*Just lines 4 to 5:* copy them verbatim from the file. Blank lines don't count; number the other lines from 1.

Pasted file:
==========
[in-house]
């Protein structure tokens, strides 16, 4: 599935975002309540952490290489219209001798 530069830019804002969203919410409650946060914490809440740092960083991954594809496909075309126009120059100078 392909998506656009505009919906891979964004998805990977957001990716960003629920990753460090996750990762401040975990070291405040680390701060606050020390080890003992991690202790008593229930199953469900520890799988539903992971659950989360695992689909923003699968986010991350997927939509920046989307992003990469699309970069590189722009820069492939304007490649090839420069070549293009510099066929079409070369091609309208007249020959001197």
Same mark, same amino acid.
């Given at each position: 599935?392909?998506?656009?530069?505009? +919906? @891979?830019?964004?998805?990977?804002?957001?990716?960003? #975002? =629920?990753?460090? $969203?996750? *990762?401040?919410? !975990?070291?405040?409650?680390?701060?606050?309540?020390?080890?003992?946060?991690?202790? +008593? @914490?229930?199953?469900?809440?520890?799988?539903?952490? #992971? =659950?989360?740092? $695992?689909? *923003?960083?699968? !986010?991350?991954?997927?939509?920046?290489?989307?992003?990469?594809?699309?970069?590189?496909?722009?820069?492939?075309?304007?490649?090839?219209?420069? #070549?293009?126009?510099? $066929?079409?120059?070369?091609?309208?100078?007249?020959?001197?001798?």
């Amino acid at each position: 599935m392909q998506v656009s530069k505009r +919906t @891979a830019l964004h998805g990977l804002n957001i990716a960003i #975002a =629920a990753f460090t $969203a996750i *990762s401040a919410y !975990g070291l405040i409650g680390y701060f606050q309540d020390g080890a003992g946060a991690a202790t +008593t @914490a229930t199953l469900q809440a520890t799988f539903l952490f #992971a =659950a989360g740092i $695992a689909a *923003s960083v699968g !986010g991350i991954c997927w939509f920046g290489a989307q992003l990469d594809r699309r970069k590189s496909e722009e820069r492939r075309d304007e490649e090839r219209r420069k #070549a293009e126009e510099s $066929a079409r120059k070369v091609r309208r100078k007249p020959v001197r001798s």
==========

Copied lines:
């Given at each position: 599935?392909?998506?656009?530069?505009? +919906? @891979?830019?964004?998805?990977?804002?957001?990716?960003? #975002? =629920?990753?460090? $969203?996750? *990762?401040?919410? !975990?070291?405040?409650?680390?701060?606050?309540?020390?080890?003992?946060?991690?202790? +008593? @914490?229930?199953?469900?809440?520890?799988?539903?952490? #992971? =659950?989360?740092? $695992?689909? *923003?960083?699968? !986010?991350?991954?997927?939509?920046?290489?989307?992003?990469?594809?699309?970069?590189?496909?722009?820069?492939?075309?304007?490649?090839?219209?420069? #070549?293009?126009?510099? $066929?079409?120059?070369?091609?309208?100078?007249?020959?001197?001798?």
């Amino acid at each position: 599935m392909q998506v656009s530069k505009r +919906t @891979a830019l964004h998805g990977l804002n957001i990716a960003i #975002a =629920a990753f460090t $969203a996750i *990762s401040a919410y !975990g070291l405040i409650g680390y701060f606050q309540d020390g080890a003992g946060a991690a202790t +008593t @914490a229930t199953l469900q809440a520890t799988f539903l952490f #992971a =659950a989360g740092i $695992a689909a *923003s960083v699968g !986010g991350i991954c997927w939509f920046g290489a989307q992003l990469d594809r699309r970069k590189s496909e722009e820069r492939r075309d304007e490649e090839r219209r420069k #070549a293009e126009e510099s $066929a079409r120059k070369v091609r309208r100078k007249p020959v001197r001798s």